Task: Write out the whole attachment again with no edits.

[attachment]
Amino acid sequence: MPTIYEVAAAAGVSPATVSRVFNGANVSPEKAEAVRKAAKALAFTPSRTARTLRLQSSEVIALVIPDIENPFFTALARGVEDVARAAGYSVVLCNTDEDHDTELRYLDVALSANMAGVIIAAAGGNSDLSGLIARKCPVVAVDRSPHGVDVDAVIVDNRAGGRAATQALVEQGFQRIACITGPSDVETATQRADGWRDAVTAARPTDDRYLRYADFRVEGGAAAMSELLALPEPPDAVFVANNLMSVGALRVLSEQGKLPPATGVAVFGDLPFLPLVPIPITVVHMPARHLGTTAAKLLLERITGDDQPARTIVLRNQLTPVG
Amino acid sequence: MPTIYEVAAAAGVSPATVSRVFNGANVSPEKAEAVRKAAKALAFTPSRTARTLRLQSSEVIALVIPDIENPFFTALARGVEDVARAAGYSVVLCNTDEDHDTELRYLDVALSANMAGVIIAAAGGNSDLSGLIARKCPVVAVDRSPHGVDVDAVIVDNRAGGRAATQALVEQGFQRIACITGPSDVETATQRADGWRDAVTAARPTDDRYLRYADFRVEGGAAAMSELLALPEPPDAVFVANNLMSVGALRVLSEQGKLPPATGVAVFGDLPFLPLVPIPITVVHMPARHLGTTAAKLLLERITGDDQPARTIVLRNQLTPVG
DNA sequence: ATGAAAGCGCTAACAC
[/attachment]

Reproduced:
Amino acid sequence: MPTIYEVAAAAGVSPATVSRVFNGANVSPEKAEAVRKAAKALAFTPSRTARTLRLQSSEVIALVIPDIENPFFTALARGVEDVARAAGYSVVLCNTDEDHDTELRYLDVALSANMAGVIIAAAGGNSDLSGLIARKCPVVAVDRSPHGVDVDAVIVDNRAGGRAATQALVEQGFQRIACITGPSDVETATQRADGWRDAVTAARPTDDRYLRYADFRVEGGAAAMSELLALPEPPDAVFVANNLMSVGALRVLSEQGKLPPATGVAVFGDLPFLPLVPIPITVVHMPARHLGTTAAKLLLERITGDDQPARTIVLRNQLTPVG
Amino acid sequence: MPTIYEVAAAAGVSPATVSRVFNGANVSPEKAEAVRKAAKALAFTPSRTARTLRLQSSEVIALVIPDIENPFFTALARGVEDVARAAGYSVVLCNTDEDHDTELRYLDVALSANMAGVIIAAAGGNSDLSGLIARKCPVVAVDRSPHGVDVDAVIVDNRAGGRAATQALVEQGFQRIACITGPSDVETATQRADGWRDAVTAARPTDDRYLRYADFRVEGGAAAMSELLALPEPPDAVFVANNLMSVGALRVLSEQGKLPPATGVAVFGDLPFLPLVPIPITVVHMPARHLGTTAAKLLLERITGDDQPARTIVLRNQLTPVG
DNA sequence: ATGAAAGCGCTAACAC